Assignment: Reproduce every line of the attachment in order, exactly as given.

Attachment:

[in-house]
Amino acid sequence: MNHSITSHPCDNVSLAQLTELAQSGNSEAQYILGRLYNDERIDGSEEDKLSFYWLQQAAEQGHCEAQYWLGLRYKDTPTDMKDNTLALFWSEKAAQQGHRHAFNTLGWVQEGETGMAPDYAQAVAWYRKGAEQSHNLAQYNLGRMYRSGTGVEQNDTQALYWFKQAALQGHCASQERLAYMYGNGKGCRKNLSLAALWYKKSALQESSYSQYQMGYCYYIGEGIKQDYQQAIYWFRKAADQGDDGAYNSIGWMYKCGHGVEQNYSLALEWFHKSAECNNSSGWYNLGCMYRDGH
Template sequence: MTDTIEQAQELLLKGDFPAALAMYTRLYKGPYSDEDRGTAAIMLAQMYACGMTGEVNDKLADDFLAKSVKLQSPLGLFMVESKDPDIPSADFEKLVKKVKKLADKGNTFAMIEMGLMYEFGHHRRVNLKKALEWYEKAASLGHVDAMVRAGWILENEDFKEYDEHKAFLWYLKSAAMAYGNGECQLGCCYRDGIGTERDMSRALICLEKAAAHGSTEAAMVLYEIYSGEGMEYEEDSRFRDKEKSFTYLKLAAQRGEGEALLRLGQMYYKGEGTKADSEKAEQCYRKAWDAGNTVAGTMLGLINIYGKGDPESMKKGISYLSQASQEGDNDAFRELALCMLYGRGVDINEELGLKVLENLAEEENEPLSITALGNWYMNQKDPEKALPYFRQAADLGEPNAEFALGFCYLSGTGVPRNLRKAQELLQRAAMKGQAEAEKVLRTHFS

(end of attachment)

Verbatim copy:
[in-house]
Amino acid sequence: MNHSITSHPCDNVSLAQLTELAQSGNSEAQYILGRLYNDERIDGSEEDKLSFYWLQQAAEQGHCEAQYWLGLRYKDTPTDMKDNTLALFWSEKAAQQGHRHAFNTLGWVQEGETGMAPDYAQAVAWYRKGAEQSHNLAQYNLGRMYRSGTGVEQNDTQALYWFKQAALQGHCASQERLAYMYGNGKGCRKNLSLAALWYKKSALQESSYSQYQMGYCYYIGEGIKQDYQQAIYWFRKAADQGDDGAYNSIGWMYKCGHGVEQNYSLALEWFHKSAECNNSSGWYNLGCMYRDGH
Template sequence: MTDTIEQAQELLLKGDFPAALAMYTRLYKGPYSDEDRGTAAIMLAQMYACGMTGEVNDKLADDFLAKSVKLQSPLGLFMVESKDPDIPSADFEKLVKKVKKLADKGNTFAMIEMGLMYEFGHHRRVNLKKALEWYEKAASLGHVDAMVRAGWILENEDFKEYDEHKAFLWYLKSAAMAYGNGECQLGCCYRDGIGTERDMSRALICLEKAAAHGSTEAAMVLYEIYSGEGMEYEEDSRFRDKEKSFTYLKLAAQRGEGEALLRLGQMYYKGEGTKADSEKAEQCYRKAWDAGNTVAGTMLGLINIYGKGDPESMKKGISYLSQASQEGDNDAFRELALCMLYGRGVDINEELGLKVLENLAEEENEPLSITALGNWYMNQKDPEKALPYFRQAADLGEPNAEFALGFCYLSGTGVPRNLRKAQELLQRAAMKGQAEAEKVLRTHFS